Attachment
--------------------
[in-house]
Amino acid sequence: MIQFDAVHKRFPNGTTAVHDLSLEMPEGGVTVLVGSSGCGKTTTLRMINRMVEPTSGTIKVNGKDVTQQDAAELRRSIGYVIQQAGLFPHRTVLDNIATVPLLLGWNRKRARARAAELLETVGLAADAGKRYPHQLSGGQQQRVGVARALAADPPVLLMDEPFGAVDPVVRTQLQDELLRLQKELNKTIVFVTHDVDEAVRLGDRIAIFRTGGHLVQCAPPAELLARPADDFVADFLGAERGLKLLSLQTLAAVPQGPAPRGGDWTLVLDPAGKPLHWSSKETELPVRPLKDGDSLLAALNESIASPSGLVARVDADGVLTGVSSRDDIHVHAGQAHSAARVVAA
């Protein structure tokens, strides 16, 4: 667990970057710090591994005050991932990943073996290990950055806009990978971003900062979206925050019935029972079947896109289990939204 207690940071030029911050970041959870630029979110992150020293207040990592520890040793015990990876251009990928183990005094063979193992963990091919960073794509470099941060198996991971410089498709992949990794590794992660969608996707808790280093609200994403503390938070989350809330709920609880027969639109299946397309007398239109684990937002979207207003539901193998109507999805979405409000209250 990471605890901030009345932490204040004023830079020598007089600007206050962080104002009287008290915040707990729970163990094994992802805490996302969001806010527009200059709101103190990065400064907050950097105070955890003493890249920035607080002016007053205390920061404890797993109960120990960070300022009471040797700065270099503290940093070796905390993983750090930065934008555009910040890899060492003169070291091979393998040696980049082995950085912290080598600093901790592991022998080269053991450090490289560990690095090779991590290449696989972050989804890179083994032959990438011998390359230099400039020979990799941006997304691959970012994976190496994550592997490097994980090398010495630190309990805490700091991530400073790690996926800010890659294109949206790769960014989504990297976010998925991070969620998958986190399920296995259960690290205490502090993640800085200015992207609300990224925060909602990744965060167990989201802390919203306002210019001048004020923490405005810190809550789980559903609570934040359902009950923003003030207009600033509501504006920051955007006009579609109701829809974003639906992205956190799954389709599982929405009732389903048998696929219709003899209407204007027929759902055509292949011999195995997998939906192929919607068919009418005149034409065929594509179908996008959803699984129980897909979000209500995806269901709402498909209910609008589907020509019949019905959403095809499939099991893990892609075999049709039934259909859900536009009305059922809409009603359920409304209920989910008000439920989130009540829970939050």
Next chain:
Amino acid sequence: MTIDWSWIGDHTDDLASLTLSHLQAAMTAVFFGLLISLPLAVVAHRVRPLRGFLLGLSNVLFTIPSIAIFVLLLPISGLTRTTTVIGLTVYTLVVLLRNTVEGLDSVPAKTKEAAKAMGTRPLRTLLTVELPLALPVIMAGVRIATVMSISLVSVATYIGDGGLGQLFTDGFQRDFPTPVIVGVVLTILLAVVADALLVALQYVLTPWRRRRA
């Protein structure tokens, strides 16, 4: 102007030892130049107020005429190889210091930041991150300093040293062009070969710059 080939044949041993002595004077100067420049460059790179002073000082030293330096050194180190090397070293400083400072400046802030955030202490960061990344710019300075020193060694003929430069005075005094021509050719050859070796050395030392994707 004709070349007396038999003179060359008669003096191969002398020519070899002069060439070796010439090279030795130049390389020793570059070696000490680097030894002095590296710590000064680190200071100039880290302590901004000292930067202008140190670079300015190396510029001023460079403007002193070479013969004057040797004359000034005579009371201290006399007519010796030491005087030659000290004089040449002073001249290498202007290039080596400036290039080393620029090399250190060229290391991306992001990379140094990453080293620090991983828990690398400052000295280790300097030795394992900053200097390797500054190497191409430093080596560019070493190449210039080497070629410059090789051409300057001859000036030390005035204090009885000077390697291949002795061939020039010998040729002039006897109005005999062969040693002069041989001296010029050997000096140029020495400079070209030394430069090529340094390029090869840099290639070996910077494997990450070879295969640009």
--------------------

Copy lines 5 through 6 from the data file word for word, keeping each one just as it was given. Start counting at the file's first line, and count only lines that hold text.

Amino acid sequence: MTIDWSWIGDHTDDLASLTLSHLQAAMTAVFFGLLISLPLAVVAHRVRPLRGFLLGLSNVLFTIPSIAIFVLLLPISGLTRTTTVIGLTVYTLVVLLRNTVEGLDSVPAKTKEAAKAMGTRPLRTLLTVELPLALPVIMAGVRIATVMSISLVSVATYIGDGGLGQLFTDGFQRDFPTPVIVGVVLTILLAVVADALLVALQYVLTPWRRRRA
């Protein structure tokens, strides 16, 4: 102007030892130049107020005429190889210091930041991150300093040293062009070969710059 080939044949041993002595004077100067420049460059790179002073000082030293330096050194180190090397070293400083400072400046802030955030202490960061990344710019300075020193060694003929430069005075005094021509050719050859070796050395030392994707 004709070349007396038999003179060359008669003096191969002398020519070899002069060439070796010439090279030795130049390389020793570059070696000490680097030894002095590296710590000064680190200071100039880290302590901004000292930067202008140190670079300015190396510029001023460079403007002193070479013969004057040797004359000034005579009371201290006399007519010796030491005087030659000290004089040449002073001249290498202007290039080596400036290039080393620029090399250190060229290391991306992001990379140094990453080293620090991983828990690398400052000295280790300097030795394992900053200097390797500054190497191409430093080596560019070493190449210039080497070629410059090789051409300057001859000036030390005035204090009885000077390697291949002795061939020039010998040729002039006897109005005999062969040693002069041989001296010029050997000096140029020495400079070209030394430069090529340094390029090869840099290639070996910077494997990450070879295969640009």